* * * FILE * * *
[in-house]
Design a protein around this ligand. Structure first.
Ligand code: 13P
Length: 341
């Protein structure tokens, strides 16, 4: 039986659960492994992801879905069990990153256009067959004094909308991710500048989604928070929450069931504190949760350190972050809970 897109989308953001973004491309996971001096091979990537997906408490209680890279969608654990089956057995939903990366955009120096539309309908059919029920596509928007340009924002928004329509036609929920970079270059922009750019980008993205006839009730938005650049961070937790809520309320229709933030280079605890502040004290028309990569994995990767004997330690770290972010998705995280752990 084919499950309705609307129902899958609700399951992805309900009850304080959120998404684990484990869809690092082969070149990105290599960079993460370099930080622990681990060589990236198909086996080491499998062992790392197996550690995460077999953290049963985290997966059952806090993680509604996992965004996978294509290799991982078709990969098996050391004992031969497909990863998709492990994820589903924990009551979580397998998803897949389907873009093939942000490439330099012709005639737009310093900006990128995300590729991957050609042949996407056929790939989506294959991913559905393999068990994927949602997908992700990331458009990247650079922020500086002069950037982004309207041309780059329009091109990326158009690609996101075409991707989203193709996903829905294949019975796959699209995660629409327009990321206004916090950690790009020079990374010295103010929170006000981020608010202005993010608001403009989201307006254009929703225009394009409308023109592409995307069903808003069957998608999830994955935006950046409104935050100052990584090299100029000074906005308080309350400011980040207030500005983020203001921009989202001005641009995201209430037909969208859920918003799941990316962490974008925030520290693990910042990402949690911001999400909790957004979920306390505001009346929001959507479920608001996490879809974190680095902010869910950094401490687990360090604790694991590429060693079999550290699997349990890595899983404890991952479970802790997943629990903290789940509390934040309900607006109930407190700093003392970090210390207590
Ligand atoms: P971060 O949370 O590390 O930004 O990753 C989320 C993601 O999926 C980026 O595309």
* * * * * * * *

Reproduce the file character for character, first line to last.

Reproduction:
[in-house]
Design a protein around this ligand. Structure first.
Ligand code: 13P
Length: 341
């Protein structure tokens, strides 16, 4: 039986659960492994992801879905069990990153256009067959004094909308991710500048989604928070929450069931504190949760350190972050809970 897109989308953001973004491309996971001096091979990537997906408490209680890279969608654990089956057995939903990366955009120096539309309908059919029920596509928007340009924002928004329509036609929920970079270059922009750019980008993205006839009730938005650049961070937790809520309320229709933030280079605890502040004290028309990569994995990767004997330690770290972010998705995280752990 084919499950309705609307129902899958609700399951992805309900009850304080959120998404684990484990869809690092082969070149990105290599960079993460370099930080622990681990060589990236198909086996080491499998062992790392197996550690995460077999953290049963985290997966059952806090993680509604996992965004996978294509290799991982078709990969098996050391004992031969497909990863998709492990994820589903924990009551979580397998998803897949389907873009093939942000490439330099012709005639737009310093900006990128995300590729991957050609042949996407056929790939989506294959991913559905393999068990994927949602997908992700990331458009990247650079922020500086002069950037982004309207041309780059329009091109990326158009690609996101075409991707989203193709996903829905294949019975796959699209995660629409327009990321206004916090950690790009020079990374010295103010929170006000981020608010202005993010608001403009989201307006254009929703225009394009409308023109592409995307069903808003069957998608999830994955935006950046409104935050100052990584090299100029000074906005308080309350400011980040207030500005983020203001921009989202001005641009995201209430037909969208859920918003799941990316962490974008925030520290693990910042990402949690911001999400909790957004979920306390505001009346929001959507479920608001996490879809974190680095902010869910950094401490687990360090604790694991590429060693079999550290699997349990890595899983404890991952479970802790997943629990903290789940509390934040309900607006109930407190700093003392970090210390207590
Ligand atoms: P971060 O949370 O590390 O930004 O990753 C989320 C993601 O999926 C980026 O595309």